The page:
But not before the Nyerges incurred $2,534 in attorney’s fees, which they requested informally from Bank of America multiple times before resorting to the courts, which ordered the bank to make the couple whole. When B of A still had not paid the judgment after five months of phone calls and letter writing by Allen and the Nyerges to the bank insisting that the court order be obeyed, Allen took the next step in the legal collection process, obtaining an order of foreclosure against the bank.
When you watch the network nightly news on TV, if you are a watch-the-network-news sort, you probably want to congratulate yourself on your effort to be well-informed yet normal. Once in a while, I too worry about being well-informed yet normal, so I watched the NBC nightly news this evening where I found out the most important news of the day was Anthony Weiner's press conference contriteness at having 'sexted' some women via Twitter and Facebook.The second item Brian Williams discussed was about how some Sarah Palin supporters editing the Wikipedia biography of Paul Revere to make it seem to conform with Mrs Palin's comments regarding his famous ride, which seems both pathetic and creepy.
Still, I have to believe most educated and semi-educated people here must realize how awful most mass media journalism is, and have at least an inkling they can try to use that internet thingie to access broader and more sober perspectives(at least for now). So it's "on them", as the saying goes.
As far as the notion that the big media powers that be are just giving people what they want, I wonder if that's entirely true. For example I seem to remember that at the height of protests in Egypt the networks said their viewership rose a bit, so maybe there's more to it than that. In the case of the protests in Syria, for example, we have another country that borders Israel, and if you believe that most US news coverage from the Middle East is calculated in terms of whether it may have an impact on Israel, then the protests in Syria certainly fit the bill, but the networks seem less interested. I suspect this is less about whether Syria's government's fate would affect Israel, but simply because there was already a Western news bureau presence in Cairo, but very little in the way of a Western journalistic presence in Syria. In the case of Saleh of Yemen I guess the "Arab Spring" is so February 2011, and the Western news people have moved on. Maybe they're weiners too.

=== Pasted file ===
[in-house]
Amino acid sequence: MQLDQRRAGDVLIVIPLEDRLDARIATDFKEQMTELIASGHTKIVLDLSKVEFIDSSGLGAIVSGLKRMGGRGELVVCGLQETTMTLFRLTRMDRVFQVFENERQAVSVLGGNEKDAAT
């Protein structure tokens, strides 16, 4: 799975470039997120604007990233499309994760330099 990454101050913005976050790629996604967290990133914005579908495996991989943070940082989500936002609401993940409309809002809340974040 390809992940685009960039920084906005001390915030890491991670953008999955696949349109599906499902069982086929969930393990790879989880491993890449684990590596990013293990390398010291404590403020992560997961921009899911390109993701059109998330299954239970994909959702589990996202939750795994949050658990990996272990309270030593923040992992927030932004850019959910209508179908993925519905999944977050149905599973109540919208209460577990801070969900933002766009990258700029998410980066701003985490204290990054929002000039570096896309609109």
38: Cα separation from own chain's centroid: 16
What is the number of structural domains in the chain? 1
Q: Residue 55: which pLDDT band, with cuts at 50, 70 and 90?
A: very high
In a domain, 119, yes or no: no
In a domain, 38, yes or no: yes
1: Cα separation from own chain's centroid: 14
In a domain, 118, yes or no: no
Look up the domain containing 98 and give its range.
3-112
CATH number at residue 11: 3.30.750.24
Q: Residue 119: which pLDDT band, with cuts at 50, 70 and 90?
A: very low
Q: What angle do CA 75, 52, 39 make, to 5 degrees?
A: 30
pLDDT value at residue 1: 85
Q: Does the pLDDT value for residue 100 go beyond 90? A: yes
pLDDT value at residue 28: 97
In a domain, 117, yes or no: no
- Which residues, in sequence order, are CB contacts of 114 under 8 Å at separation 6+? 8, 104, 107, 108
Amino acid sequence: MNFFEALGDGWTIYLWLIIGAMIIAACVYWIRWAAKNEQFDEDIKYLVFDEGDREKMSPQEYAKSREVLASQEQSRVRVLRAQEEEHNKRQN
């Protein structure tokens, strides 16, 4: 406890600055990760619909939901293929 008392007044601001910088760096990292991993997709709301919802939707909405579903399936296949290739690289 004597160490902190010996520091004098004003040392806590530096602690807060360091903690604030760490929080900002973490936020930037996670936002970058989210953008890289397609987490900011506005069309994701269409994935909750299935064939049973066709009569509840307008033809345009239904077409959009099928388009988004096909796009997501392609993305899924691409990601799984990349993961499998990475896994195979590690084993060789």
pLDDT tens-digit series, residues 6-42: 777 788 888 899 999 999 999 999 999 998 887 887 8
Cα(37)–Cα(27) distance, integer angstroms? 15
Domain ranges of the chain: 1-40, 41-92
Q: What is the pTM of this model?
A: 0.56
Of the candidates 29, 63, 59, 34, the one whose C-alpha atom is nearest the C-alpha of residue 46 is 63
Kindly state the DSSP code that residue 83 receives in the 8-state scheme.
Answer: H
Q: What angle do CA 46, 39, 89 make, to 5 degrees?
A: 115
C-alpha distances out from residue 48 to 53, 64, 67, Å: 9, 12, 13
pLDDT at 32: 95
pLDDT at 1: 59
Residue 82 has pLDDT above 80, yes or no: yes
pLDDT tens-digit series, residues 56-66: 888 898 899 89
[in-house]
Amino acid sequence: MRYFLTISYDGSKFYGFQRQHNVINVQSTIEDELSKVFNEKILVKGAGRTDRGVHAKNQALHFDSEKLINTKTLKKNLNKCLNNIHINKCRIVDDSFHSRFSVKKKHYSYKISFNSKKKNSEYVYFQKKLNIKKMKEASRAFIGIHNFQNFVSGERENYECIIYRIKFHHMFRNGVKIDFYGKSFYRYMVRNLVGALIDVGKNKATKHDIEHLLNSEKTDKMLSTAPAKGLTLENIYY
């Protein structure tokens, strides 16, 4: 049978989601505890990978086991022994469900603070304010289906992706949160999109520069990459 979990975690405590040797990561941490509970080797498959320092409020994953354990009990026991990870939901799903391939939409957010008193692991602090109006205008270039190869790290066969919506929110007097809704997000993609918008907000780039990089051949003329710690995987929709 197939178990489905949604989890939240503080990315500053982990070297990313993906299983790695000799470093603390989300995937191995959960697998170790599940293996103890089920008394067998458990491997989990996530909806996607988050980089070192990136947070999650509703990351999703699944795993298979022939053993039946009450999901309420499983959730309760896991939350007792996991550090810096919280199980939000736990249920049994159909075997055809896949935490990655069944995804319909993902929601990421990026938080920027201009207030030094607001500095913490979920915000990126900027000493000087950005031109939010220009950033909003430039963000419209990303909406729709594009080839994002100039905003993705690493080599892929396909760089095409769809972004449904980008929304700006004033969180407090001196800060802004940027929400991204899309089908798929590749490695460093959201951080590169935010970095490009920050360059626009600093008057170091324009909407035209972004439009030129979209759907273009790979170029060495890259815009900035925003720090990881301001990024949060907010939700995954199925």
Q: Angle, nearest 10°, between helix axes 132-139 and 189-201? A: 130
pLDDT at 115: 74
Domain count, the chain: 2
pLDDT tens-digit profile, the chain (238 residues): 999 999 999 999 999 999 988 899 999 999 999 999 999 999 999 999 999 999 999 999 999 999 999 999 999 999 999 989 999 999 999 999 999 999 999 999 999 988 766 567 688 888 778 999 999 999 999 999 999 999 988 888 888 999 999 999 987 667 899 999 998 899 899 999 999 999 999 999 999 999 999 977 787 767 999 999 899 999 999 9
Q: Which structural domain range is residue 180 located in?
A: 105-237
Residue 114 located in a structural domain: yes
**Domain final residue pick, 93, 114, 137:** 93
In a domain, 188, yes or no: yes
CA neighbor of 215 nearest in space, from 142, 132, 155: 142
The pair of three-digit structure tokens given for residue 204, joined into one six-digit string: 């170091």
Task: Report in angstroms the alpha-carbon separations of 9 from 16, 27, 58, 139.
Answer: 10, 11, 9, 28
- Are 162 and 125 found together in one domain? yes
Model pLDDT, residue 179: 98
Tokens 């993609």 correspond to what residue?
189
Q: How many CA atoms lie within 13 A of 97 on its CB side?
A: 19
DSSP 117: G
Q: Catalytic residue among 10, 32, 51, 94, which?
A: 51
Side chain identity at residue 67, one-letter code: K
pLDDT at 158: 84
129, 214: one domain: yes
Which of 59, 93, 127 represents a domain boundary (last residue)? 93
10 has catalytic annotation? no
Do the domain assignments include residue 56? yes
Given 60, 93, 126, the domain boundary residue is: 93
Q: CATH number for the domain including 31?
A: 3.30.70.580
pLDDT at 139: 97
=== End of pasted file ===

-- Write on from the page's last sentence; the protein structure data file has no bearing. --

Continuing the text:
I heard something from a parishioner at St. Theresa's, which would be my parish if I was still a Catholic. It seems that my friend, Lily M., a native of Ventnor, as I am, had requested that a mass be said at St. T.'s for the soul of Osama Bin Laden. The priest agreed, but when the request become known (I don't know how), there was such a protest that he reneged and refused to dedicate the mass to OBL. I e-mailed Lily and asked if this account was true. She wrote back promptly and confirmed it. Now, I am no longer religious, but I remember plenty from my years at St. James Parochial School. To have those who purport to be the followers of Christ, the Prince of Peace, display such vindictiveness would be laughable if it wasn't so repelling. Naturally, the vast majority of Americans--at least the ones who have been vocal about it--are thrilled and overjoyed at the assassination of Bin Laden. Extra-legal? Immoral? Oh, so what, he was a killer and everybody knows it. Others, not necessarily involved in 9/11, were killed with him? Well, they shouldn't have been hanging with him, anyway. A fair trial, in a court of law? That doesn't apply to people like him. Come to think of it, maybe it shouldn't apply either to those weird peaceniks always jeopardizing our brave men and women in uniform who are defending our way of life and fighting for our freedom and freedom isn't free and buzz, buzz, buzz...klakklakklak...mmmmmmmmmmm...
I saw this ad on Yahoo's home page yesterday. What exactly is Prudential going to do to me if I outlive my money? Should I hide? Somebody got paid money to come up with this ridiculous ad, and I'm blogging for free. It just ain't right.
And today in a peculiar thematic coincidence, I saw this link at the bottom of a story over at Slate.com: